A coffee industry giant talks hardware
At the Ace Hardware show, Howard Schultz of Starbucks fame held court.
ORLANDO — Ace Hardware CEO John Venhuizen welcomed the Starbucks visionary Howard Schultz to the stage here at the Ace Hardware Convention general session and invited the potential presidential candidate to enjoy a cup of Dunkin’ Donuts coffee.
Venhuizen was joking. But the Ace CEO led a question-and-answer session with Schultz that offered some serious ideas and advice on small business, retail success and Ace Hardware stores.
Schultz, the chairman emeritus of Starbucks, helped make the brand a household name. He served as CEO of the company from 1986 to 2000, and again from 2008 to 2017. Earlier this year, the high-profile businessman and entrepreneur announced he was exploring a presidential bid.
The wide-ranging interview did not include an official campaign announcement, but it did produce some laughs, some heartfelt comments, and some spontaneous applause — especially when Schultz described his admiration for Ace and the country’s independent hardware stores.
Here are some of Schultz’s highlight quotes from the interview:
Starbucks has no proprietary technology. What is it we have? As trite as it might sound, it’s our people. Everything we try to do is experiential — It’s the relationship that our people have with our customers. We have to exceed the expectations of our people, so they can exceed the expectations of our customers.
On empty chairs and decision making:
We have quarterly meetings and weekly management meetings. In every meeting, there are two empty chairs. One chair represents one of our customers and the other chair is for one of our people. And that reminds us to ask the question: ‘Is this decision going to make our people and our customers proud?’ Not every business decision is an economic one. Of course you have to make payroll, you have to be profitable. But if you can take the long view and do the right things, the customer today wants to support a company whose values are compatible with their own.”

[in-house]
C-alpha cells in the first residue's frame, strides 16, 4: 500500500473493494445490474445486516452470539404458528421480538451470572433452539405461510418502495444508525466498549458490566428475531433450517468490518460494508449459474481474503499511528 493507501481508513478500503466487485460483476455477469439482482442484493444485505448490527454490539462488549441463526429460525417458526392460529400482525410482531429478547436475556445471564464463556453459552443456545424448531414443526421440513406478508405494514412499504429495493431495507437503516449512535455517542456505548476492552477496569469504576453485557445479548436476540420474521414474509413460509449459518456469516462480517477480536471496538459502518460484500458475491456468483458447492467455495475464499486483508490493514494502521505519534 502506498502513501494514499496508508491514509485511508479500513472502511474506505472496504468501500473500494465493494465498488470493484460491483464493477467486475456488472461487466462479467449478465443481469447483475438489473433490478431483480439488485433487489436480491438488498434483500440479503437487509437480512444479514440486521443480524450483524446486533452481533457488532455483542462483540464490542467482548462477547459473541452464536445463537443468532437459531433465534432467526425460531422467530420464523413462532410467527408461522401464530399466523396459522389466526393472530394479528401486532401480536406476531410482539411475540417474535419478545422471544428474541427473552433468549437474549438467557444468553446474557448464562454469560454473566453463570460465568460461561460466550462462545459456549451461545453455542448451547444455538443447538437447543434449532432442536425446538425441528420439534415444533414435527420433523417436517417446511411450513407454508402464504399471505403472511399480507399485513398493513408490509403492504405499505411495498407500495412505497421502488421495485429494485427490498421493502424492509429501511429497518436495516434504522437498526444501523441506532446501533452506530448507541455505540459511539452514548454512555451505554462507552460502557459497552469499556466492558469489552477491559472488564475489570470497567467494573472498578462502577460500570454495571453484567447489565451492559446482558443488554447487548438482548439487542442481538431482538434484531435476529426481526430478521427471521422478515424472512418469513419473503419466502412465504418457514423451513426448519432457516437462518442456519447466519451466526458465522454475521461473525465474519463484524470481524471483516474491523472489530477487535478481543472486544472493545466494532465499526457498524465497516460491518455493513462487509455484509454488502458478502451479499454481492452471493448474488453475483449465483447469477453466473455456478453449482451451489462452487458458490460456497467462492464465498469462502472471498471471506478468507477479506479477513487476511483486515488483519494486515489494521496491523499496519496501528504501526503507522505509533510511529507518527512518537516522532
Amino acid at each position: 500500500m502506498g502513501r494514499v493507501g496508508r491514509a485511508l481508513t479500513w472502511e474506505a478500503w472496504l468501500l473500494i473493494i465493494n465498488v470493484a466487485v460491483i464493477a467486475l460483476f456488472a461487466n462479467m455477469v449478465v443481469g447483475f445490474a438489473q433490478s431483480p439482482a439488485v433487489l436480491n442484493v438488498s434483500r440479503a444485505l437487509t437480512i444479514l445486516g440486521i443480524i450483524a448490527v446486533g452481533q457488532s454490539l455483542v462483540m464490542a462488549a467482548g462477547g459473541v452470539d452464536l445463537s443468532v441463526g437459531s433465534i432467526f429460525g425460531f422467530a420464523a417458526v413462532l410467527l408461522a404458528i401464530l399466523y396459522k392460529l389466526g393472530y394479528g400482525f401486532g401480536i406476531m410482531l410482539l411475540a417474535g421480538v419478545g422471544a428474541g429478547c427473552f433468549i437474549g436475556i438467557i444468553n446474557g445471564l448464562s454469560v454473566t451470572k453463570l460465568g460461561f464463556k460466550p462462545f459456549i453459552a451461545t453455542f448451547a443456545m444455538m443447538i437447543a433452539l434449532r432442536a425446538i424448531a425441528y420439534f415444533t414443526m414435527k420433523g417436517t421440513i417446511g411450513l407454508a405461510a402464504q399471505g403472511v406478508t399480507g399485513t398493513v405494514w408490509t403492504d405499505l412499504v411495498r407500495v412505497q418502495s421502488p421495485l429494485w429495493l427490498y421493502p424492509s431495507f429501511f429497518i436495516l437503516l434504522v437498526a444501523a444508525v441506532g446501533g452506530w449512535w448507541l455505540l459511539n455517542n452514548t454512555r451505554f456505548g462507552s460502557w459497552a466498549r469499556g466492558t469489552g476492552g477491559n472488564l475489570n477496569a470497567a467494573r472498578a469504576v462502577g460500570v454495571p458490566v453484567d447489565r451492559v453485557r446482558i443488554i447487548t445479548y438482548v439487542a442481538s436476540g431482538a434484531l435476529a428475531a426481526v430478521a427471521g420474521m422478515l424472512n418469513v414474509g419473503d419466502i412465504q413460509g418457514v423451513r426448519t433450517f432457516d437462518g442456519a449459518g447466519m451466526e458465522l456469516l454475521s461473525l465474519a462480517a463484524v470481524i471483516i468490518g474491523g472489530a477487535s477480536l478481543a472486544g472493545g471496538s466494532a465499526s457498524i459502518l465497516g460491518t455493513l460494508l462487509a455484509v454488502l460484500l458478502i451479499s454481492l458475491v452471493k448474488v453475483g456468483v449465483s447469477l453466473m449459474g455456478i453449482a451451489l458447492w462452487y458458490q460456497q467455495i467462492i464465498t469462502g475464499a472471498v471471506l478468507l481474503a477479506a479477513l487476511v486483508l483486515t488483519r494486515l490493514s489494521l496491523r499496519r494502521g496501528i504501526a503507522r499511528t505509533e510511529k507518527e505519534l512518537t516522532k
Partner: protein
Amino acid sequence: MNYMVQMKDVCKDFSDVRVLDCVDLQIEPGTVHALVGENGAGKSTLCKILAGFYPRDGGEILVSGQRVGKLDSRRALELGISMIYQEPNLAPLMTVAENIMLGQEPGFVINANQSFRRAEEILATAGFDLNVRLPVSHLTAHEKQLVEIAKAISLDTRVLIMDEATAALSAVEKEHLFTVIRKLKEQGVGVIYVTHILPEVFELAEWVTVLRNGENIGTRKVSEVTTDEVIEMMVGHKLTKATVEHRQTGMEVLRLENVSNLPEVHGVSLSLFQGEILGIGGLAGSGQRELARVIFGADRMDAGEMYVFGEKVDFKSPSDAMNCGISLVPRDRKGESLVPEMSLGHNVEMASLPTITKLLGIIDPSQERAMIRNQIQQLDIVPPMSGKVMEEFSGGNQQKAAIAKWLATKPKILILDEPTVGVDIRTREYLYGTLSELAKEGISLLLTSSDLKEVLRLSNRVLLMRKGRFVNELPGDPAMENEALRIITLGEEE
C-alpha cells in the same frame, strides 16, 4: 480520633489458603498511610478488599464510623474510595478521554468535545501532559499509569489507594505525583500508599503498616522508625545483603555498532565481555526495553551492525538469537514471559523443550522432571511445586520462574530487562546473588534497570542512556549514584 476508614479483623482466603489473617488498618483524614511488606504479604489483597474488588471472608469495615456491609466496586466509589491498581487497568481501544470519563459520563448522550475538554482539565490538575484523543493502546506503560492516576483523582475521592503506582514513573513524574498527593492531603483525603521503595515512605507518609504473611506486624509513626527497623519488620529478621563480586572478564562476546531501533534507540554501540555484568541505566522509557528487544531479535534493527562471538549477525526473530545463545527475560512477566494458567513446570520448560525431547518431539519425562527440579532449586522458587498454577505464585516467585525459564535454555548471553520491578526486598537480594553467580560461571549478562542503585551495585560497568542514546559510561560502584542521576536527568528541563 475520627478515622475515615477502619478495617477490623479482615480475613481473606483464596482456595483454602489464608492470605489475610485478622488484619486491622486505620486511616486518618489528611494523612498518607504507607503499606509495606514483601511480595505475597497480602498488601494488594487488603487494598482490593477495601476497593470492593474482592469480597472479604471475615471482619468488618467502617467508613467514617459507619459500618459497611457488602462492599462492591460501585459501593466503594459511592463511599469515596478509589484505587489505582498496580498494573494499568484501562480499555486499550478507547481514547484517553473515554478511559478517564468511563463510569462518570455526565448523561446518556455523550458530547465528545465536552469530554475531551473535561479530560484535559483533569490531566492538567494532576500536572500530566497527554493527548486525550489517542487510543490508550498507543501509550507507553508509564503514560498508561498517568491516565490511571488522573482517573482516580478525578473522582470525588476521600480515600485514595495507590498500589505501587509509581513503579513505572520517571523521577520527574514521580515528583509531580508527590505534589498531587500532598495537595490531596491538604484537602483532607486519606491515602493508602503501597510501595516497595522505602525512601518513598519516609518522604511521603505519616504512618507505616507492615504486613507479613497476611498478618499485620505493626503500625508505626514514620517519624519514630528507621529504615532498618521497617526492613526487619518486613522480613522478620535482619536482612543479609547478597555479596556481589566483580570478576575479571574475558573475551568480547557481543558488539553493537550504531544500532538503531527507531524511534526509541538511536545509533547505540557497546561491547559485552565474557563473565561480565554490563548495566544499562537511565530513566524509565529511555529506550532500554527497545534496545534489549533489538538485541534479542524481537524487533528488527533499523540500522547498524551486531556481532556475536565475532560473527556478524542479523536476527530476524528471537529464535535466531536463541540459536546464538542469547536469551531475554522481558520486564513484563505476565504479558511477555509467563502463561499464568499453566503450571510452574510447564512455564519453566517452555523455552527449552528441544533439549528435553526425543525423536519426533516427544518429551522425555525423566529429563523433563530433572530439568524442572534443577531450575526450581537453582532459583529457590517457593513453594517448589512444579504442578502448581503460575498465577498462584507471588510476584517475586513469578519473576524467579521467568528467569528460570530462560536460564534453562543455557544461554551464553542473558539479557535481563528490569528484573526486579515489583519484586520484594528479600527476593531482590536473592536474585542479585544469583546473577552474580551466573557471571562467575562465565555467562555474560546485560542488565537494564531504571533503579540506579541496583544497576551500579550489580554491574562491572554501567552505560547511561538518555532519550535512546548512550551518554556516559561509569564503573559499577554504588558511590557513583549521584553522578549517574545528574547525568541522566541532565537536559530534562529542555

On Michigan State basketball coach Tom Izzo:
Tom Izzo was asked what kind of kids he tries to recruit. He said ‘There are three kinds of kids. Kids who like it, kids who love it, and kids who live it. We recruit kids who live it.’ This can’t be a casual thing. You have to take this so personally every single day to make a difference in your store, and you have to live it. When you see something as a leader in your store, and you see a behavior inconsistent with the heritage and tradition to Ace, and you see that go on — if you let that go, you are part of the problem. Every single day you have to live it.
The two-party system is broken, and our leaders are not doing what they should be doing. I think we’re better than this.
We’re going to fail. If you’re not failing, I don’t think you’re pushing hard enough.
On creating a “third place” between home and work:
The ‘third place’ is this environment between home and work, and a safe place to interact with other people. People are longing for human experiences, longing for people they trust. There is an epidemic of loneliness in America. We bring people together.
On retail and mediocrity:
I would say: when I go into retail stores across the country — and I’m constantly doing that as a merchant — I would say, by and large, America has been swept away by mediocrity. Are we ensuring that the customer is going to be completely blown away? “I just went to an Ace Hardware store, and you won’t believe what happened to me?” That should be not only the goal, but the standard experience. The difference between that and ordinary is huge.
On international expansion:
We went to Japan as a first international market. The truth is, we went to Japan because it was the only direct flight from Seattle. That’s how smart we were. But it worked out, because we loved it and we willed it.
Business is a team sport. I can tell you there were some drag out battles over a number of strategic decisions that we had to go through. And those battles make us better.
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